Second, and at the same time, if someone, or some thought, or some feeling is trying to make us afraid, or relishes in our fears, or feeds our fears, then it isn’t God. The real presence of God causes fear but is followed by assurance. God does not downplay or shame us for being afraid, but loves and leads and encourages forward to loving faithful despite our fear. If you are afraid, and someone, or some thought, or some feeling acknowledges your fear and is trying to encourage you to act in faith anyway, that’s very much like this real message from God.


Most of us, when afraid, are apt to say that whatever we just thought or felt or heard or imagined simply isn’t possible… there is no way that we can or will be able to do this. But faith, faith lifts us up above the fear and says all things are possible with God.


Fear resists when God’s spirit comes across us and promises changes to us. The Holy Spirit would be resting on Mary. Whether she liked it or not, that change was coming. Fear would fight that change. Faith understands God’s changes are for the better, and if God is leading the change in our lives, then God will continue to lead us into and through those changes toward God’s good intentions on the other side.


Fear asks questions to protect and defend what we already have, what we think we already know, what we already believe and hold as true. Fear is afraid of new discoveries, in that if one little part of what we’ve always held, what we’ve known, what we’ve believed is removed, well, our whole way of life might collapse. Fear is afraid of what we may not know. Faith is okay being changed for the better, doing hard things, even when we do not fully understand the guidance.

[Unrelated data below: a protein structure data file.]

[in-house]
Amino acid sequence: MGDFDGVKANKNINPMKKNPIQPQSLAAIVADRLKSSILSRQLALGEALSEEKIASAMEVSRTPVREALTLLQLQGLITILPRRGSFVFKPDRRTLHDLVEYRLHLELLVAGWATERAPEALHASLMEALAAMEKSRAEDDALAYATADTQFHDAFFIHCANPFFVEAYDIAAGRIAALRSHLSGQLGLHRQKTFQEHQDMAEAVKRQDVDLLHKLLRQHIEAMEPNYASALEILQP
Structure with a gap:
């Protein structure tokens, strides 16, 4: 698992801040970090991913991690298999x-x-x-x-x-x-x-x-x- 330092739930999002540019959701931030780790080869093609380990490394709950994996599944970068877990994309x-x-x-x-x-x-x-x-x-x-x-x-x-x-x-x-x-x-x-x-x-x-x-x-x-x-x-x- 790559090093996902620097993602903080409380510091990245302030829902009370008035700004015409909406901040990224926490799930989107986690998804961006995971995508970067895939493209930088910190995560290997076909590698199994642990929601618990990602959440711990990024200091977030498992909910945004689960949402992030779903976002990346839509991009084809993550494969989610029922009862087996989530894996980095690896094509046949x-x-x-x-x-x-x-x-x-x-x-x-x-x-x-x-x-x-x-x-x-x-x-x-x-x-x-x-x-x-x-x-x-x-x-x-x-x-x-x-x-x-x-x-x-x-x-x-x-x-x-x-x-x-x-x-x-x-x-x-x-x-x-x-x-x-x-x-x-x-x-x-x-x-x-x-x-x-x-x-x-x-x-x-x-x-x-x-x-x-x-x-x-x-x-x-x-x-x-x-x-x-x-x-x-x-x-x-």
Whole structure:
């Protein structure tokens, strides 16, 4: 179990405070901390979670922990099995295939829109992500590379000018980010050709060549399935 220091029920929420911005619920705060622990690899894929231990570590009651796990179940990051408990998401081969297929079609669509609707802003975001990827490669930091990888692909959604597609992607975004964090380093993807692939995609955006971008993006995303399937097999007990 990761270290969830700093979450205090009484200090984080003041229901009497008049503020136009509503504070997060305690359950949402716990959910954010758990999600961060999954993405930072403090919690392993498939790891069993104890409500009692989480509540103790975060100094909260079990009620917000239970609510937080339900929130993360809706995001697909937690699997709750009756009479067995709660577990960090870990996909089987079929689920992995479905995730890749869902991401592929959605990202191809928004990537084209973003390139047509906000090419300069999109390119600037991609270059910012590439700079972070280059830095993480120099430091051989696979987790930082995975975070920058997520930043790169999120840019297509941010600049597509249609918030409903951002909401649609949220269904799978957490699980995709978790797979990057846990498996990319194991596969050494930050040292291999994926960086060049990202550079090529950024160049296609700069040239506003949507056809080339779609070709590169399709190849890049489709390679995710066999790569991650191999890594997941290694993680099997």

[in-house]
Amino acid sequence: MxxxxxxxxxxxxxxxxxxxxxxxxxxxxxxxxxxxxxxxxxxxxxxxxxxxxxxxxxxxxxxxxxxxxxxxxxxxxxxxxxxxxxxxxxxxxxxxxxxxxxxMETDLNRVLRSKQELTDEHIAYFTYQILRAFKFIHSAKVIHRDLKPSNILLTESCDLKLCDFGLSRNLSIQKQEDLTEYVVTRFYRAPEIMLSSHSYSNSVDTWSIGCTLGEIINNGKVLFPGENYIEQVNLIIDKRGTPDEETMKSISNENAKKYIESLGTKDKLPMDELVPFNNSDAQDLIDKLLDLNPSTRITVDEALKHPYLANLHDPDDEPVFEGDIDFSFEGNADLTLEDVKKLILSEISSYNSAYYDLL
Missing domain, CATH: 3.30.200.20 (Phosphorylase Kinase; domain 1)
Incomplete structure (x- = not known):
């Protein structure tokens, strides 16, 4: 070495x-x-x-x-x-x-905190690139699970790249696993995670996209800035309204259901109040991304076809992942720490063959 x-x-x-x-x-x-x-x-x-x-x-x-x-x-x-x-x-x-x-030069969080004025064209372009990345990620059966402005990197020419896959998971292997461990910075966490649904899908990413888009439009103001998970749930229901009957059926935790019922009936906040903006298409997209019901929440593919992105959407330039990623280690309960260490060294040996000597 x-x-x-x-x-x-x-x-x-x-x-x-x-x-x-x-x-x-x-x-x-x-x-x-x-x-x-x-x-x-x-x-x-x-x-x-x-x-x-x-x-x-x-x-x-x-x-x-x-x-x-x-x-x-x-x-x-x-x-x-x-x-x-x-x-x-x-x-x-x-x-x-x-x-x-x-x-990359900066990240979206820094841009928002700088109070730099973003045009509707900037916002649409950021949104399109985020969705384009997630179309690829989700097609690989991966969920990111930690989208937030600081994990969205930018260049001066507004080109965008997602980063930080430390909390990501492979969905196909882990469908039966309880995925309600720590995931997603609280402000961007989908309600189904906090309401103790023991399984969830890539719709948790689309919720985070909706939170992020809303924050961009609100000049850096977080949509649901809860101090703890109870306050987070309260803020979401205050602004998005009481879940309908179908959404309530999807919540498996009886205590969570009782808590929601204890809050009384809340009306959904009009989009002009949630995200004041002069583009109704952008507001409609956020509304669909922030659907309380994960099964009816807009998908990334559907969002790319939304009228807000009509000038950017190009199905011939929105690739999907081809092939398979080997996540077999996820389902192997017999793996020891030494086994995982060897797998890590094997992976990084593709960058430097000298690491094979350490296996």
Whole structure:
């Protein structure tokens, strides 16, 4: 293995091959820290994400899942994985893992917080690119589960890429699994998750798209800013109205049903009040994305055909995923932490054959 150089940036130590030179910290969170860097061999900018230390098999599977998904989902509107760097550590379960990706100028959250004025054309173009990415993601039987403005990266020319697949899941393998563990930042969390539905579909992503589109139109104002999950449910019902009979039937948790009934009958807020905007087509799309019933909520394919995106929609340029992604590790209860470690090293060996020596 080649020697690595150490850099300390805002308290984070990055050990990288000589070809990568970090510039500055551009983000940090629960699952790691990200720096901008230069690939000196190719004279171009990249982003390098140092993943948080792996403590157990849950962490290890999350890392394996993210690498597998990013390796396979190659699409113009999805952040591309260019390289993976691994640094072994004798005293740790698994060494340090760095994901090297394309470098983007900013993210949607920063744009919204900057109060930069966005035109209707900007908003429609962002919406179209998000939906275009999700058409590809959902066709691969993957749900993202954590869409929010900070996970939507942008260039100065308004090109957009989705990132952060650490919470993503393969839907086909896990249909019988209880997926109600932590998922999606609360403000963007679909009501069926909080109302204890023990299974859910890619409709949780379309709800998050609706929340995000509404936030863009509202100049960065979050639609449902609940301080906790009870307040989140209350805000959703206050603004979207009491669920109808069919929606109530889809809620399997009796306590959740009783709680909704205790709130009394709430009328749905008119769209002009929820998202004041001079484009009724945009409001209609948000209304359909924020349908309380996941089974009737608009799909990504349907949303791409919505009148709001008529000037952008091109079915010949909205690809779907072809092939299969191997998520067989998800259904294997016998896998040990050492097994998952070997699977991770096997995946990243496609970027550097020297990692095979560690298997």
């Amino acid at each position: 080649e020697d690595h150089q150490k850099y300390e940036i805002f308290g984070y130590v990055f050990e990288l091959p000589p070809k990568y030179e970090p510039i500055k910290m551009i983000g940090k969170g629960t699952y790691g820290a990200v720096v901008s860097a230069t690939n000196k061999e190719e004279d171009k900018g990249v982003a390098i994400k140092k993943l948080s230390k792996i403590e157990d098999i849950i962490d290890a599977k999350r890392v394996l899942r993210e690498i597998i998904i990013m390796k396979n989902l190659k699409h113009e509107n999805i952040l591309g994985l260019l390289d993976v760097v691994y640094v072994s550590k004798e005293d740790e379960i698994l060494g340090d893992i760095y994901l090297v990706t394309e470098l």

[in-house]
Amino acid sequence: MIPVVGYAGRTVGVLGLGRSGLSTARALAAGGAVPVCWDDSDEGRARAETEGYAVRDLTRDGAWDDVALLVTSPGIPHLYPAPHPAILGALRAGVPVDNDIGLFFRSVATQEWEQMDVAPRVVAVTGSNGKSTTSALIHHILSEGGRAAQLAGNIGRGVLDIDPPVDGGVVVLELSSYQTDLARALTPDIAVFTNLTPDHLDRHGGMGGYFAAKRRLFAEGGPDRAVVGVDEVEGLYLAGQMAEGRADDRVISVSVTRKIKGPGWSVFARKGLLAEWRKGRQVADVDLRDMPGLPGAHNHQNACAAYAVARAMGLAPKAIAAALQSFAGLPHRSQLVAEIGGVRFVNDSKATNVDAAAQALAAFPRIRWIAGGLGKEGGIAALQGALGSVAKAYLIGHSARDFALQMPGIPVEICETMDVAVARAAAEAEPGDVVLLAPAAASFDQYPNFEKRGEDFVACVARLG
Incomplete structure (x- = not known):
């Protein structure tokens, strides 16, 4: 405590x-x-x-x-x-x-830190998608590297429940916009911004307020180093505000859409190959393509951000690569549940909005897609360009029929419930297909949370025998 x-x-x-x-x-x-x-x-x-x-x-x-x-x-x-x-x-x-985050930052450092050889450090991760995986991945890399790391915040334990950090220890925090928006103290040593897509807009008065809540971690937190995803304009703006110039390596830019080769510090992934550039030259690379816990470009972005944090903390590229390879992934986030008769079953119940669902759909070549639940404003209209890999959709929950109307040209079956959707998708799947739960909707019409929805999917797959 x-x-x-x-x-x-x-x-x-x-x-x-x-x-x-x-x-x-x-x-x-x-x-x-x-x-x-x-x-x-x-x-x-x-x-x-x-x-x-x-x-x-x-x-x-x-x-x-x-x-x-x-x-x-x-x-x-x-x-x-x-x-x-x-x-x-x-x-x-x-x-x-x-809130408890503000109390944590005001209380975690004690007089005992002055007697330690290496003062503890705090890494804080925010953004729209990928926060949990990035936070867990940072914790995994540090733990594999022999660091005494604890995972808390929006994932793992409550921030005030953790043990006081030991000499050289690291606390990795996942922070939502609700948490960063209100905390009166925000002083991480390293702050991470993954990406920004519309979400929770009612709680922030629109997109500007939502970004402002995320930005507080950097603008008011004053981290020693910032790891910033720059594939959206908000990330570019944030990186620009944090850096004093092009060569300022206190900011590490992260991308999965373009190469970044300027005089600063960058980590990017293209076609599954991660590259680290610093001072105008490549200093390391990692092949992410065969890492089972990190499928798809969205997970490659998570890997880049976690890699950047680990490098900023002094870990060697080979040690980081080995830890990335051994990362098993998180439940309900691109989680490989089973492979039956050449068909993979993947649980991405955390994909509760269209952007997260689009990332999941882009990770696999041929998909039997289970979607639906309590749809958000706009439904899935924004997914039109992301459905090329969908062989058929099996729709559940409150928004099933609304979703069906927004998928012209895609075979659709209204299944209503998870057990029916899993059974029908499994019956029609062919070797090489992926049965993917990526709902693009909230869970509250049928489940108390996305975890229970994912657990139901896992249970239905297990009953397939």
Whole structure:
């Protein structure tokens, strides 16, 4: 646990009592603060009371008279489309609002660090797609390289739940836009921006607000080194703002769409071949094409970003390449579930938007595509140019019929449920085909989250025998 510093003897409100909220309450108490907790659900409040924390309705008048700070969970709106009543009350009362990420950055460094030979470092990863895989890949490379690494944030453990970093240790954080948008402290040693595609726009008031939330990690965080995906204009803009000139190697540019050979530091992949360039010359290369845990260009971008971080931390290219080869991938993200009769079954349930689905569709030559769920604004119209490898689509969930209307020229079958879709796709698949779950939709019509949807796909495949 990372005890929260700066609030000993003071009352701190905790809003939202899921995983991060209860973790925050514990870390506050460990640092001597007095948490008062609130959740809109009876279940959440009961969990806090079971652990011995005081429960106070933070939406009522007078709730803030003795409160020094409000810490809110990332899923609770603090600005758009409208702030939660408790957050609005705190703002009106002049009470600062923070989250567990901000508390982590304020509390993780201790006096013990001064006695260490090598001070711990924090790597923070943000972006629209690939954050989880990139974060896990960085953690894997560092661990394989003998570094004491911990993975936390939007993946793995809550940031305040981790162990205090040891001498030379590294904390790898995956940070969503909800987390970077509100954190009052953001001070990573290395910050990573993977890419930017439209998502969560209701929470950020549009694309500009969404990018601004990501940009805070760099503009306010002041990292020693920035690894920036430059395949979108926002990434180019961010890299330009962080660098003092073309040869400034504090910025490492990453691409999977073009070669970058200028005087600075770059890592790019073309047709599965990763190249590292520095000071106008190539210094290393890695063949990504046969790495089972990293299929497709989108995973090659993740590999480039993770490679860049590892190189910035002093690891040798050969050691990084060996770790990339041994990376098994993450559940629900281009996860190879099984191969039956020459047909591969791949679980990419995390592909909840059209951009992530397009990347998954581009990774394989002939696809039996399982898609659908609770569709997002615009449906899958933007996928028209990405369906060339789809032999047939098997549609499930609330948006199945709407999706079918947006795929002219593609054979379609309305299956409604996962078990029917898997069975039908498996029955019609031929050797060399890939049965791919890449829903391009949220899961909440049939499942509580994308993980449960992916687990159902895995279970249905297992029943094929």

Fear also worries too much about what other people will think or say. They will think I’m weird or crazy. So fear makes us silent about our encounters with God. Faith cannot help but talk to others about our experiences with God. Next week, Mary immediately goes to Elizabeth to talk to her, and to see the promises of God coming true. Fear would have kept Mary home, hidden. Faith sends Mary to Elizabeth, to be with her and to share with her the miracle in both their bellies.


Fear demands its own way. A fearful Mary would have insisted God not do this, and let her go on with her life as planned. She had a fiancée and a wedding date. Maybe she had picked out the flowers, and the reception meal already. Fear would have made Mary demand life go on unchanged. Faith led her to say despite her fear, “Let it be me according to your will, God.”


Faith trumps fear. Faith trusts. Faith asks questions to help believe, that remember anything is possible with God. Faith defers to the will of God. And that kind of faith is not our own. This kind of faith is a gift of God. Sometimes we do not know what to do with this gift, how to open it, how to use it. But Jesus the Christ, conceived by Holy Spirit, and born of the virgin Mary, lived a life and died a death of amazing faithfulness despite his fear. Now, that same Jesus lends to us his faith. Those who are children of God are not measured by our own faith or faithfulness, but by the faith and faithfulness of Jesus the Christ, who came through his fears, even fear of death, and in so doing, opened up true life for the whole world.


Your fear may be alerting you to the real presence of God. Do not act out of fear, but out of faith, not your own, but the faithfulness of Jesus the Christ, who believed in you, long before you could believe in him.


To this God be all glory and honor, now and forever. Amen.


Benediction

Now, Blessing, laughter, and loving be yours, and may the love of a great God, who names you and holds you as the earth turns and the flowers grow be with you, this day, this night, this moment and forevermore.

Rev. Joel L. Tolbert

Pastor, Presbyterian Church of Chestertown